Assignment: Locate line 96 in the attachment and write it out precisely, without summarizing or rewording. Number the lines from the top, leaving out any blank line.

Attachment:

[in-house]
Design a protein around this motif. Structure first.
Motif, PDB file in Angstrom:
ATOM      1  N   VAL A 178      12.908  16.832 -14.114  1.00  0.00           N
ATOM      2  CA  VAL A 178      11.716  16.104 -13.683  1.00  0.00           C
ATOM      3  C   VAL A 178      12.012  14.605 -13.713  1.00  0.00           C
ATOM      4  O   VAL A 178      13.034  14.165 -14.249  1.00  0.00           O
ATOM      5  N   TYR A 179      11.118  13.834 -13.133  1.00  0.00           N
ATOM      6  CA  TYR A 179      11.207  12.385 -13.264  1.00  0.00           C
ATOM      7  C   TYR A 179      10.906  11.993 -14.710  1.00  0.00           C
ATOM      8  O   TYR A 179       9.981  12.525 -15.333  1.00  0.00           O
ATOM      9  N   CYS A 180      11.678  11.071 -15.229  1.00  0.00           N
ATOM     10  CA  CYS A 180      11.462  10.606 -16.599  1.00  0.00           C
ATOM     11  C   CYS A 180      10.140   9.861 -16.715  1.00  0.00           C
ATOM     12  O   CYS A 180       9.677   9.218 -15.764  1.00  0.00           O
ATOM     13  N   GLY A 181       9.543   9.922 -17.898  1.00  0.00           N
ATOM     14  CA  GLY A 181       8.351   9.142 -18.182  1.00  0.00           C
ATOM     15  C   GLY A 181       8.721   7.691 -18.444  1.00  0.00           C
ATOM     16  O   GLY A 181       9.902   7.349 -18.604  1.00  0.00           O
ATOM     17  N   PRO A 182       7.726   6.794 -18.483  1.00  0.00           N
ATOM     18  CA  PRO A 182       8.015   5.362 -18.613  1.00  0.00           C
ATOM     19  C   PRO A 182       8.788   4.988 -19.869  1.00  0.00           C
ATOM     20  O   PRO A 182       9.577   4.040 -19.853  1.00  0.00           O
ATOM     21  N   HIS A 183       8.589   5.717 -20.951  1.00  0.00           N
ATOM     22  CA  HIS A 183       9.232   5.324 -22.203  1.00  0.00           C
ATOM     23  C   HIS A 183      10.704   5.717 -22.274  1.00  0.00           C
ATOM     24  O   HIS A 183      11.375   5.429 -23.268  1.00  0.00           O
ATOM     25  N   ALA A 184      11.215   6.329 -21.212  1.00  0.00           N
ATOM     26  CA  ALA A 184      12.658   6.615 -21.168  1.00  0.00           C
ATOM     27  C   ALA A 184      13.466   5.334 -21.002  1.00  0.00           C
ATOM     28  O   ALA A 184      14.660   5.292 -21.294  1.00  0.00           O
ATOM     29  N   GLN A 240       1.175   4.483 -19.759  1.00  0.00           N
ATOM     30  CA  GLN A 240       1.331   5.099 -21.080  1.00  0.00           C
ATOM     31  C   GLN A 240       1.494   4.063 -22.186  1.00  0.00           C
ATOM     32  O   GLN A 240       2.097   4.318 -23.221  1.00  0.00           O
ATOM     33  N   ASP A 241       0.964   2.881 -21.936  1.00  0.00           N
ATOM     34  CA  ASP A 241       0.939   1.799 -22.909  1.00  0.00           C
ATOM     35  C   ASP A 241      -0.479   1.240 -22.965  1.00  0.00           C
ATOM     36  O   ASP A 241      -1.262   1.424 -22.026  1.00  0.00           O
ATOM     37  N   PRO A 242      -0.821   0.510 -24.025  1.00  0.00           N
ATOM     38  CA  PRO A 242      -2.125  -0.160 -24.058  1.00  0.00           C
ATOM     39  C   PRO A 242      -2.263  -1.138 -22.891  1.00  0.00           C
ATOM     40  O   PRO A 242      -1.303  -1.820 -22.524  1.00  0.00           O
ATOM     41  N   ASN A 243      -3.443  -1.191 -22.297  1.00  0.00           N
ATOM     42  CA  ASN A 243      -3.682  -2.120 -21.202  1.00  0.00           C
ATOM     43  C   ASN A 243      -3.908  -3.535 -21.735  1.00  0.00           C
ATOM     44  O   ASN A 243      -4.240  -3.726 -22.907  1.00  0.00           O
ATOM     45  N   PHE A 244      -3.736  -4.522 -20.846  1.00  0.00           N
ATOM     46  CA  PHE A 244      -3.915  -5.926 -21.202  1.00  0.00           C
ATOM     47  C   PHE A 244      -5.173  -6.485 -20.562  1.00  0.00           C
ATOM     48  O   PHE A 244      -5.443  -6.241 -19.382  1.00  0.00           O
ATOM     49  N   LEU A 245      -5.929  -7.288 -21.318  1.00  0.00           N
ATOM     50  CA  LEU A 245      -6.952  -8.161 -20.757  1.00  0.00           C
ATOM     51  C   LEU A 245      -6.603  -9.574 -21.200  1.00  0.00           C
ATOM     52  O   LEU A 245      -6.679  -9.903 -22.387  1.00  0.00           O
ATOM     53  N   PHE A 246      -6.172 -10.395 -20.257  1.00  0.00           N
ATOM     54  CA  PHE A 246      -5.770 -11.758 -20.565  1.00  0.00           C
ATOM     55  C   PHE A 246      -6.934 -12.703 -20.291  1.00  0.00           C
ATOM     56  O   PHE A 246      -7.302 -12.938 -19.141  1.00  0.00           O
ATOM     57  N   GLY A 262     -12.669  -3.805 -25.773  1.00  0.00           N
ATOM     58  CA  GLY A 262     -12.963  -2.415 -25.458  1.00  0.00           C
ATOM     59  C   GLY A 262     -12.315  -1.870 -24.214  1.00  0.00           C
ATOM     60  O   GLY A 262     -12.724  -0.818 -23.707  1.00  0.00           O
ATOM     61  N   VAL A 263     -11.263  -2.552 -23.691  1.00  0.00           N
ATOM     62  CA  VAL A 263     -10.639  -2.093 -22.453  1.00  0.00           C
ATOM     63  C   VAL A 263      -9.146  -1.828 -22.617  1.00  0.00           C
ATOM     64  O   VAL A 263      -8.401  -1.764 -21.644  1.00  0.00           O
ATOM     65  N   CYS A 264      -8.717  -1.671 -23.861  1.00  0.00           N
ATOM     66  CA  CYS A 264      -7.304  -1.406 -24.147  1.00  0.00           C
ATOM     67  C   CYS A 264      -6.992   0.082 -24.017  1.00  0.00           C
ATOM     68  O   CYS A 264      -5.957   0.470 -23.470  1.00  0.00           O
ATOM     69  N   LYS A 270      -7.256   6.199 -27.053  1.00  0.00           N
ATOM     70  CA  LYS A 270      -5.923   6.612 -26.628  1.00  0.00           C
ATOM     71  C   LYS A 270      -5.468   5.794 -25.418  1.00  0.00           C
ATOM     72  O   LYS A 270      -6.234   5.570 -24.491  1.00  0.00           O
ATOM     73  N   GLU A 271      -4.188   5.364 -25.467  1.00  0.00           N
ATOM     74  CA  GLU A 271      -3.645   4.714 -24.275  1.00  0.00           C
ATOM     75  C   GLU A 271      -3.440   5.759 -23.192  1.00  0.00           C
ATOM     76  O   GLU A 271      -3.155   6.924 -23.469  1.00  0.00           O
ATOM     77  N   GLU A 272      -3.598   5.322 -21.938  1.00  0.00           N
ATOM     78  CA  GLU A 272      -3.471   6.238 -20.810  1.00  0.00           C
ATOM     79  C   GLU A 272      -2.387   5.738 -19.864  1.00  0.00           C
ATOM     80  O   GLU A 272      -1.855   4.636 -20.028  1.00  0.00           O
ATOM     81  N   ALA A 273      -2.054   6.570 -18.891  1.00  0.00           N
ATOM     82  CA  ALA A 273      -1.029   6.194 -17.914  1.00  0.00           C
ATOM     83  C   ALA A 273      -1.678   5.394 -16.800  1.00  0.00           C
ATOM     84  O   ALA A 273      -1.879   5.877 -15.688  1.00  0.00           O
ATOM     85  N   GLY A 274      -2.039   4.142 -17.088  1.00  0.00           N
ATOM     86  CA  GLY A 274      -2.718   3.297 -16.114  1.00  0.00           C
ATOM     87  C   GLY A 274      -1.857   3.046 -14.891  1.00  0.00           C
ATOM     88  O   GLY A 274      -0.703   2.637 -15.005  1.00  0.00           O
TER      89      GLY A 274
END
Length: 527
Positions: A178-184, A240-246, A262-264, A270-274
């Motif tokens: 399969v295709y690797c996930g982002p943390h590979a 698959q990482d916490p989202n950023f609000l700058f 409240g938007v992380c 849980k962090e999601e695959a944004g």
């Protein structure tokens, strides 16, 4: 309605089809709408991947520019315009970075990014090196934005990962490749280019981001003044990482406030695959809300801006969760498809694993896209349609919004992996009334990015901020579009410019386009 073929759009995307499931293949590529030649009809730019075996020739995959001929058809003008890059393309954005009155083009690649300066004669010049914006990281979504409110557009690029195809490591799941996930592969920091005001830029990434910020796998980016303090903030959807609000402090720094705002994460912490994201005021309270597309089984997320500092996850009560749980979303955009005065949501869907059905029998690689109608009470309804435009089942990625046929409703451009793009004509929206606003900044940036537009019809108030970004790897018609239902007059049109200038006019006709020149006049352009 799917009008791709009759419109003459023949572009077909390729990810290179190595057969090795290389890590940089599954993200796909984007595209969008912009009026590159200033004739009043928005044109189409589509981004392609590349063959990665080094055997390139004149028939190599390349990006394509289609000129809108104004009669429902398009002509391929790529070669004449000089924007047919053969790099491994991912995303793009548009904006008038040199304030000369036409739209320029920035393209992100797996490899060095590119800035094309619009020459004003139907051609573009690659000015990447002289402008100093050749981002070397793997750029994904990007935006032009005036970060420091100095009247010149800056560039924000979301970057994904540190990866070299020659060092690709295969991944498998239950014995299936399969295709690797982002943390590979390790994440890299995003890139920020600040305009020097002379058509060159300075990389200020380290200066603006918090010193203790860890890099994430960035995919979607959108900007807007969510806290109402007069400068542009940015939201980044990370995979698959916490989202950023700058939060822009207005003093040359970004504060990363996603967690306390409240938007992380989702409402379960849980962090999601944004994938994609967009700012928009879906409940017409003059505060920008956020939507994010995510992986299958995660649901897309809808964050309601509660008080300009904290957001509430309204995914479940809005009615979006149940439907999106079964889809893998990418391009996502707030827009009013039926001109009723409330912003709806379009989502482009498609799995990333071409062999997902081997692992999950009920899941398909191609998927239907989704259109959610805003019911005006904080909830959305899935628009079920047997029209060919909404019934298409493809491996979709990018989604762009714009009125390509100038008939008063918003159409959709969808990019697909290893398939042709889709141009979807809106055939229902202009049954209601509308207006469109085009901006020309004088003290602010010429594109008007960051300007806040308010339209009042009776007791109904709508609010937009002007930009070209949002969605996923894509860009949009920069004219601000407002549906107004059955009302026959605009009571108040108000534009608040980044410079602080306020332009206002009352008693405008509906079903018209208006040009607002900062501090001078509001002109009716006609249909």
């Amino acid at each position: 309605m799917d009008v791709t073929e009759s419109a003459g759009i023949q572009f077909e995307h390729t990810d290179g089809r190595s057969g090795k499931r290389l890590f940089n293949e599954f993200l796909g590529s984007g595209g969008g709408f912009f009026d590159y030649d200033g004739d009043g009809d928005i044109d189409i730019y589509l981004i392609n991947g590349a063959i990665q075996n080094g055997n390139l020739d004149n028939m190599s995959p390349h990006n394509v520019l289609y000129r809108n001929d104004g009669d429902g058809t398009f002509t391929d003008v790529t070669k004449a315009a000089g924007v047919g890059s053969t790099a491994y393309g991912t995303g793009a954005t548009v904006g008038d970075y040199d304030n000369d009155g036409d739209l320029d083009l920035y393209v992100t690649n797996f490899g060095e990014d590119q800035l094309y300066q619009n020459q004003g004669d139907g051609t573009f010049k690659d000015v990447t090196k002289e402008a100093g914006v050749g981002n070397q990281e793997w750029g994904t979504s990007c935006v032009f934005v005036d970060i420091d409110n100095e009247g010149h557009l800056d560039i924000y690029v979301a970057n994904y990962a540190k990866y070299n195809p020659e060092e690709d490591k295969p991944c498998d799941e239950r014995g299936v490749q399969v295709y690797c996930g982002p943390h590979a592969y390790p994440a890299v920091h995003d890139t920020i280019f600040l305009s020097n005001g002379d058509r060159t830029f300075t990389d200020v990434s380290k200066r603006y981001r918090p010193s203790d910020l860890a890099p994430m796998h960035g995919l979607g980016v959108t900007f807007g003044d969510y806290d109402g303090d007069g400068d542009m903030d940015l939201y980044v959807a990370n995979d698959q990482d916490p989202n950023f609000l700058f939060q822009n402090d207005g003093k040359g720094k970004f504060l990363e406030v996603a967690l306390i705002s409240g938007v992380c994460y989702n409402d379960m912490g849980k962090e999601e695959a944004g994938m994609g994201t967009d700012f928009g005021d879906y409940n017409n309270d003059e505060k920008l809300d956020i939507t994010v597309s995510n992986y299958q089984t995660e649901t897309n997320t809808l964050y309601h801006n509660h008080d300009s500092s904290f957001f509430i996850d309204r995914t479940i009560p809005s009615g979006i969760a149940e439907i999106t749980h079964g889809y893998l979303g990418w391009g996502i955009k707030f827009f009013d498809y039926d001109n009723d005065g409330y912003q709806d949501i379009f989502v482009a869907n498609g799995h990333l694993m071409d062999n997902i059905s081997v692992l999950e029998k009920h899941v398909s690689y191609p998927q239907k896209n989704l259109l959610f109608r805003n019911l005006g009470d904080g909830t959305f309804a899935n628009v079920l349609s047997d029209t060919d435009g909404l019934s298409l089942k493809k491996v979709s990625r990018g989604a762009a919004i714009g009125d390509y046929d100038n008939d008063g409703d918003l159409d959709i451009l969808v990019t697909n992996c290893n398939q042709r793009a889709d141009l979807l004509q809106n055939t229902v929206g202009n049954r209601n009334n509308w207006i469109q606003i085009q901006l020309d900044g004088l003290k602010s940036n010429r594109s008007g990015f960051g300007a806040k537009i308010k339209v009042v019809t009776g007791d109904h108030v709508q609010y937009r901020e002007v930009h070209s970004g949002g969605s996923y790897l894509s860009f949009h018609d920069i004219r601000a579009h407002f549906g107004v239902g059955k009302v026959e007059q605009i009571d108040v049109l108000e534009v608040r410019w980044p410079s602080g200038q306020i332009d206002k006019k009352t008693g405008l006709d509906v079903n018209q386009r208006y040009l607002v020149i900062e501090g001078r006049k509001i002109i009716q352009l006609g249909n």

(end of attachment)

């Motif tokens: 399969v295709y690797c996930g982002p943390h590979a 698959q990482d916490p989202n950023f609000l700058f 409240g938007v992380c 849980k962090e999601e695959a944004g």